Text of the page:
Beyond broad spectral bandwidths, incredibly high peak powers are another consequence of ultrashort pulse durations. For context, let’s examine the difference in the peak power output of a 10 W CW laser vs. that of a 10 W ultrafast laser with 150 fs pulses and a repetition rate of 80 MHz—properties common for many commercially available ultrafast laser sources.

In the case of the CW laser, its average power and peak power are the same: the laser always emits 10 W, or 10 J/s. In the case of the ultrafast laser, the average power is still 10 W, equal to that of the CW laser. The difference between these two sources is the ultrafast laser is emitting that 10 W of average power over only a small fraction of time. Figure 2 demonstrates the difference between average power and peak power. 

For the ultrafast laser, that 10 W is distributed across the 80 million pulses emitted each second, according to the repetition rate. At first glance, the sub-microjoule pulse energy of this laser may seem miniscule. But if we account for this energy being squeezed into only 150 fs of time, we arrive at a massive peak power of over 800,000 W for this laser, which is more than four orders of magnitude greater than the average power. While such enormously high peak powers and broad spectral bandwidths have made ultrafast lasers useful for a wide variety of application spaces, these features also give rise to some of their unique technical challenges.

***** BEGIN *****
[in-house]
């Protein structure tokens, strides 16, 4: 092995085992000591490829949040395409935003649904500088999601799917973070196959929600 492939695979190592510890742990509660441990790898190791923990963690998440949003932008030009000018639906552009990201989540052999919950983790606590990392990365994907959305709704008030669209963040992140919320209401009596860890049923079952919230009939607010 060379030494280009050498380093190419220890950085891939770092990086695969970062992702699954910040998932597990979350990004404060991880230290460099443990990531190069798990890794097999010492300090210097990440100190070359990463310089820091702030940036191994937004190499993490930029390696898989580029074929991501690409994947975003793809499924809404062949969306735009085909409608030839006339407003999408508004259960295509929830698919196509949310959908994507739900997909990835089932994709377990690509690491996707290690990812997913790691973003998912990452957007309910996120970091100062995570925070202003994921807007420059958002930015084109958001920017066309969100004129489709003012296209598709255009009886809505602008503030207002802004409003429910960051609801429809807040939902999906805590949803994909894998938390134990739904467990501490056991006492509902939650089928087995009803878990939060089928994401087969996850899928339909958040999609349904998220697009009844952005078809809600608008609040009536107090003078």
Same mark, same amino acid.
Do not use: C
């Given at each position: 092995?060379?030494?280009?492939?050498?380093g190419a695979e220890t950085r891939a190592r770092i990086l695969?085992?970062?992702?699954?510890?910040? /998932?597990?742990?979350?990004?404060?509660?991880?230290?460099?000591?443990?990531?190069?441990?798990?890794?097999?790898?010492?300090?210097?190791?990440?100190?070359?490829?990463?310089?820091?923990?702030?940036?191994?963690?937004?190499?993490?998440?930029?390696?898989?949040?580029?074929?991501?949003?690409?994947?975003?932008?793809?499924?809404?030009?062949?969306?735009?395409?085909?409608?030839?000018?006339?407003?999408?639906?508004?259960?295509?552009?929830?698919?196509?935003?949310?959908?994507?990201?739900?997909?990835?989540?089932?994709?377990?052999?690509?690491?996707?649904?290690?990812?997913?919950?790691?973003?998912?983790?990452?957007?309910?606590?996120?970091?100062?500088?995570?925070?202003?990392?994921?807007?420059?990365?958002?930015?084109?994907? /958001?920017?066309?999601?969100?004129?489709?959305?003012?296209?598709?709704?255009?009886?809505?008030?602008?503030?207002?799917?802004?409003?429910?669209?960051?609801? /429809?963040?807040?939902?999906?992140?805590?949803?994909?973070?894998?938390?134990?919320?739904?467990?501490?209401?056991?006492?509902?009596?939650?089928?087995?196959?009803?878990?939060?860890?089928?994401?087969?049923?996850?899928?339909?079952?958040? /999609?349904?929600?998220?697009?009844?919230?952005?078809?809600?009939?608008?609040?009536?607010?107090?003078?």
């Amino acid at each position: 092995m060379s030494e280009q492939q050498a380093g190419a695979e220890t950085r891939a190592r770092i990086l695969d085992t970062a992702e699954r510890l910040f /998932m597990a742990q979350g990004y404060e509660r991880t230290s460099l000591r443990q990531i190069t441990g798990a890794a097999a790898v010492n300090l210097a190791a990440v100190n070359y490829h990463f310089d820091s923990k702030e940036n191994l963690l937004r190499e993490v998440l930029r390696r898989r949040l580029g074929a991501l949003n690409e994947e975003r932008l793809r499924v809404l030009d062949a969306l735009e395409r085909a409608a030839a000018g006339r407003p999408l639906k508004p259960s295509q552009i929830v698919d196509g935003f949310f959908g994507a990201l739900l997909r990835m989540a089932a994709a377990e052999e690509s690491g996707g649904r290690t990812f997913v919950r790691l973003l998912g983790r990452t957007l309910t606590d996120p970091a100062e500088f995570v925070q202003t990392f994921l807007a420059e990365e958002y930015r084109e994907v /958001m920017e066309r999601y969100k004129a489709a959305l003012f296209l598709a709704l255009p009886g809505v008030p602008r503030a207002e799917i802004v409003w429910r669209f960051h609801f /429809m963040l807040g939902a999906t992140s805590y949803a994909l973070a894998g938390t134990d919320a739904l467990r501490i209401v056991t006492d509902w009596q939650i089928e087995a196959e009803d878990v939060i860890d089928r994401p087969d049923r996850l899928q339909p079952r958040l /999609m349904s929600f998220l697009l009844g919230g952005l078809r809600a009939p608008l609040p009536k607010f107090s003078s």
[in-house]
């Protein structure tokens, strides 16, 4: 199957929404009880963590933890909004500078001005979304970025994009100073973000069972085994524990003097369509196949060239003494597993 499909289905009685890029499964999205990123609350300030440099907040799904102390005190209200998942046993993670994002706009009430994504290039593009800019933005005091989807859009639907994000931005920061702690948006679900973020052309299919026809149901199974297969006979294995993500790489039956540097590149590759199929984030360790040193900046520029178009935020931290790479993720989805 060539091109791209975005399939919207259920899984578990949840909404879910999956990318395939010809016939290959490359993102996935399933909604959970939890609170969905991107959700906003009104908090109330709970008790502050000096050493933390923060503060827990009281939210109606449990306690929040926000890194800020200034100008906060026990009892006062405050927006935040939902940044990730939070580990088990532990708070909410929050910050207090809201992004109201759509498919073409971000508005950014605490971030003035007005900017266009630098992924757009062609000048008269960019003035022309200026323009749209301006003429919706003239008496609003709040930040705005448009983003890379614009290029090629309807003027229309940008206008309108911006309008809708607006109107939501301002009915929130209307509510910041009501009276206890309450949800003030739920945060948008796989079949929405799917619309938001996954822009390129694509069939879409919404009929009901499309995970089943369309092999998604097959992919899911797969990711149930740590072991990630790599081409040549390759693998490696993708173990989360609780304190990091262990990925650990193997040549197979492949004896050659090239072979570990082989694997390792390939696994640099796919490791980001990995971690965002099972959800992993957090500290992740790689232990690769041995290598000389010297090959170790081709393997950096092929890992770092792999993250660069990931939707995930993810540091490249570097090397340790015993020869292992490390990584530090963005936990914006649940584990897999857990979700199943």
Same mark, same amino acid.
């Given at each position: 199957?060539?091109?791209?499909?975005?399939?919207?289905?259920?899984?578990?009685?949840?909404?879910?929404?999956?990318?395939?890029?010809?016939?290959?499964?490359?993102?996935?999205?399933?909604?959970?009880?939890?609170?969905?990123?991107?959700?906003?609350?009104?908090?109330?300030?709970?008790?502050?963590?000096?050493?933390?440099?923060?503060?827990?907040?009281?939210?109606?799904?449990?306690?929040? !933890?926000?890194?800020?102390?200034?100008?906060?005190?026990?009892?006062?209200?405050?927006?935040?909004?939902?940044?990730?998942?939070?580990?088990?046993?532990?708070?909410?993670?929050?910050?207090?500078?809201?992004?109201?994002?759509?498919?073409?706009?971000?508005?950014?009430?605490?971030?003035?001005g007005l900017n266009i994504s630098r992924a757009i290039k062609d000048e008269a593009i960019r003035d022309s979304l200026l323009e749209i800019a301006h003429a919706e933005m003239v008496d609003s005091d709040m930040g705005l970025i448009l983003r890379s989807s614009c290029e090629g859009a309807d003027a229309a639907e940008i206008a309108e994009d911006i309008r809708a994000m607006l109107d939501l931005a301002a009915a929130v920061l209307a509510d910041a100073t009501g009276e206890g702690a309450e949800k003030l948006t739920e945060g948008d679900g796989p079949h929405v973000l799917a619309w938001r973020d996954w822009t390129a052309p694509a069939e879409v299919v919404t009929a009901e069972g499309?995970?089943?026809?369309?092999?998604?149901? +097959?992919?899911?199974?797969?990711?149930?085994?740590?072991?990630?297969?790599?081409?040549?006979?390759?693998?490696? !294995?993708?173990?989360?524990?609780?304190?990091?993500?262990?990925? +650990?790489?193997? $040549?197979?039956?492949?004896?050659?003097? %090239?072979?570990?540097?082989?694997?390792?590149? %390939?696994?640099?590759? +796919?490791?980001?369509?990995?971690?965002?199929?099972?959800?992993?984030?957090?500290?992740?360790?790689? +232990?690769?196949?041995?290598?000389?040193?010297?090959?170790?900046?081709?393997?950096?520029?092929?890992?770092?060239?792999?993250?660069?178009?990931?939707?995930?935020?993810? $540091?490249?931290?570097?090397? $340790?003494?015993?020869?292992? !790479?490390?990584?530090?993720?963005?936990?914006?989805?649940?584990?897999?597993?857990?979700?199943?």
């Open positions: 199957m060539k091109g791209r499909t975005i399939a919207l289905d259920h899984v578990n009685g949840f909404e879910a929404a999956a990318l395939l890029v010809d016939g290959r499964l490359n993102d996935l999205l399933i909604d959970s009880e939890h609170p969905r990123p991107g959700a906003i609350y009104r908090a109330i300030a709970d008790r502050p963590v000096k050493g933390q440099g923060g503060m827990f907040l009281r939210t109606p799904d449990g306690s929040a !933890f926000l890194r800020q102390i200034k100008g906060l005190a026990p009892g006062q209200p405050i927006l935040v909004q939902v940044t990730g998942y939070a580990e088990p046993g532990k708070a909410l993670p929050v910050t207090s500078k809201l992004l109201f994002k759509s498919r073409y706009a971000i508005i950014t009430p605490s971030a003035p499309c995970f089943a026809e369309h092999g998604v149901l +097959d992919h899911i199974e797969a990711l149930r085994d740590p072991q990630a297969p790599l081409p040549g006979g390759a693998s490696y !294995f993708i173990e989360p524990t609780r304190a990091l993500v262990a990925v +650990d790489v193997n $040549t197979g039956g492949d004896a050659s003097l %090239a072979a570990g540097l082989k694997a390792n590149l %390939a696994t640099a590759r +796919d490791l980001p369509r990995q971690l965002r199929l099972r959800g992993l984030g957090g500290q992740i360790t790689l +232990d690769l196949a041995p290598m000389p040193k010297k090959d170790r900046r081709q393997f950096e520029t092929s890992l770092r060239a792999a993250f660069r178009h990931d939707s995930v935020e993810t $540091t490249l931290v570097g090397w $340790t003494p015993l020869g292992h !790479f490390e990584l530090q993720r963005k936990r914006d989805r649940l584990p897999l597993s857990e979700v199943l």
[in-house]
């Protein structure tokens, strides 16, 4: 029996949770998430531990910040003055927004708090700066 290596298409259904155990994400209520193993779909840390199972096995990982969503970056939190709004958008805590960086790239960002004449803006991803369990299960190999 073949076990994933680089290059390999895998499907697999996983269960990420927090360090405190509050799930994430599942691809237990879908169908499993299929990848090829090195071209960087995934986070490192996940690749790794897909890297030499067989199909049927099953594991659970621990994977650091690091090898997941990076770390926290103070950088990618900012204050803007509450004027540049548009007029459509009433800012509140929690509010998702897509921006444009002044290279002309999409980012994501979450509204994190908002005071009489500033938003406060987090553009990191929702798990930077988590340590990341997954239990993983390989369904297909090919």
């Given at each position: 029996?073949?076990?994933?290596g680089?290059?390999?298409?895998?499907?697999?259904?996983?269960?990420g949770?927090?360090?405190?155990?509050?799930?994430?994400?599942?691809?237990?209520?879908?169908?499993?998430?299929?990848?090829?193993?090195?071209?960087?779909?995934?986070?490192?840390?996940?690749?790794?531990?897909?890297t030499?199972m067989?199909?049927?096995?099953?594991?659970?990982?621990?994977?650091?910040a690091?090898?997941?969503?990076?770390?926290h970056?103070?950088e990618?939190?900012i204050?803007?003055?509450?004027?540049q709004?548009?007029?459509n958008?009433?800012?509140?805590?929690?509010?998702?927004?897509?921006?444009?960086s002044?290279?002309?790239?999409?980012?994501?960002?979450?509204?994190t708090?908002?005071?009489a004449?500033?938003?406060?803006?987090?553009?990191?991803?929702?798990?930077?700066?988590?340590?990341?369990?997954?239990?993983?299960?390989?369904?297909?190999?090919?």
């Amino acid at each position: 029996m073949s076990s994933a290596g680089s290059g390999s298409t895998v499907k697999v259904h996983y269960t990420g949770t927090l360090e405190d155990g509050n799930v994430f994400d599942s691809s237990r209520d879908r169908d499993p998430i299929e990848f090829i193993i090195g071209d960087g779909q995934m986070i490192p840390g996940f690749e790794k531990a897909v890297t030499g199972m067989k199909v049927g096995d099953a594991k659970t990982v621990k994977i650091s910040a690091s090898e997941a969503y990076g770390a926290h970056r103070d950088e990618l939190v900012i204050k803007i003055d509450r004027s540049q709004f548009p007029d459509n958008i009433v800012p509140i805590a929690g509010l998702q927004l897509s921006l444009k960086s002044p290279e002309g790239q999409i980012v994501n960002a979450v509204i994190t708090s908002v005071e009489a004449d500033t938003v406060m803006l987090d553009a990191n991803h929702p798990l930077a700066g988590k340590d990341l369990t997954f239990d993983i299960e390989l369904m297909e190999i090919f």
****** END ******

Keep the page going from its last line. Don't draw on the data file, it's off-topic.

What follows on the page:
Technical challenges of ultrafast lasers

Broad spectral bandwidths, incredibly high peak powers, and the ultrashort pulse durations of ultrafast lasers must be considered and properly managed when applying an ultrafast laser to your project or process. Typically, the simplest of these is managing the broad spectral output of your laser. If you have mostly worked with CW or longer pulsed lasers in the past, your inventory of optical components may not reflect or transmit the entire bandwidth of your ultrafast laser pulse. The good news is many suppliers keep these needs in mind when designing ultrafast laser optics, so it is quite easy to source mirrors, lenses, and other optical components that sufficiently cover the bandwidth of ultrafast lasers.